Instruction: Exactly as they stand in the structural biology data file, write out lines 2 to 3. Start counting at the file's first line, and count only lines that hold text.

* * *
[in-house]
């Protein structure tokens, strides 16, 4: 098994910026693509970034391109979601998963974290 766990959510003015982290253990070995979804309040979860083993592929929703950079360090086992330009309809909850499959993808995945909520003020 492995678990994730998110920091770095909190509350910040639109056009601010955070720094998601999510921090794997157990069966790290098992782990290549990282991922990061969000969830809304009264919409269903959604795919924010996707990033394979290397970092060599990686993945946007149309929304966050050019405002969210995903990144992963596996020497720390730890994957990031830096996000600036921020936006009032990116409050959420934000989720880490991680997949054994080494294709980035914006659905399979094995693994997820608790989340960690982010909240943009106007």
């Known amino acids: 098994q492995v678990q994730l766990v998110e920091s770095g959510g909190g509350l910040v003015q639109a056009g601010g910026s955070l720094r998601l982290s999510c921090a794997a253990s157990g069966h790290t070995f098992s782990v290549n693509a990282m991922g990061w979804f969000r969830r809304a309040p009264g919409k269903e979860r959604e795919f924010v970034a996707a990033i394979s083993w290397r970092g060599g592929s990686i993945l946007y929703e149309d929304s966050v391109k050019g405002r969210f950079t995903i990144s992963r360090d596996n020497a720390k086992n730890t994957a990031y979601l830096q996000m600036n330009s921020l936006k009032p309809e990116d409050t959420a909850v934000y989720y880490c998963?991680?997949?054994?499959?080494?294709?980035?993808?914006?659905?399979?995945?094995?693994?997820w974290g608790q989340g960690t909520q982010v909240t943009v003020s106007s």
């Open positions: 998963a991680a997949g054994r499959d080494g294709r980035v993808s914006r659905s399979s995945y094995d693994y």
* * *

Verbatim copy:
């Protein structure tokens, strides 16, 4: 098994910026693509970034391109979601998963974290 766990959510003015982290253990070995979804309040979860083993592929929703950079360090086992330009309809909850499959993808995945909520003020 492995678990994730998110920091770095909190509350910040639109056009601010955070720094998601999510921090794997157990069966790290098992782990290549990282991922990061969000969830809304009264919409269903959604795919924010996707990033394979290397970092060599990686993945946007149309929304966050050019405002969210995903990144992963596996020497720390730890994957990031830096996000600036921020936006009032990116409050959420934000989720880490991680997949054994080494294709980035914006659905399979094995693994997820608790989340960690982010909240943009106007």
């Known amino acids: 098994q492995v678990q994730l766990v998110e920091s770095g959510g909190g509350l910040v003015q639109a056009g601010g910026s955070l720094r998601l982290s999510c921090a794997a253990s157990g069966h790290t070995f098992s782990v290549n693509a990282m991922g990061w979804f969000r969830r809304a309040p009264g919409k269903e979860r959604e795919f924010v970034a996707a990033i394979s083993w290397r970092g060599g592929s990686i993945l946007y929703e149309d929304s966050v391109k050019g405002r969210f950079t995903i990144s992963r360090d596996n020497a720390k086992n730890t994957a990031y979601l830096q996000m600036n330009s921020l936006k009032p309809e990116d409050t959420a909850v934000y989720y880490c998963?991680?997949?054994?499959?080494?294709?980035?993808?914006?659905?399979?995945?094995?693994?997820w974290g608790q989340g960690t909520q982010v909240t943009v003020s106007s």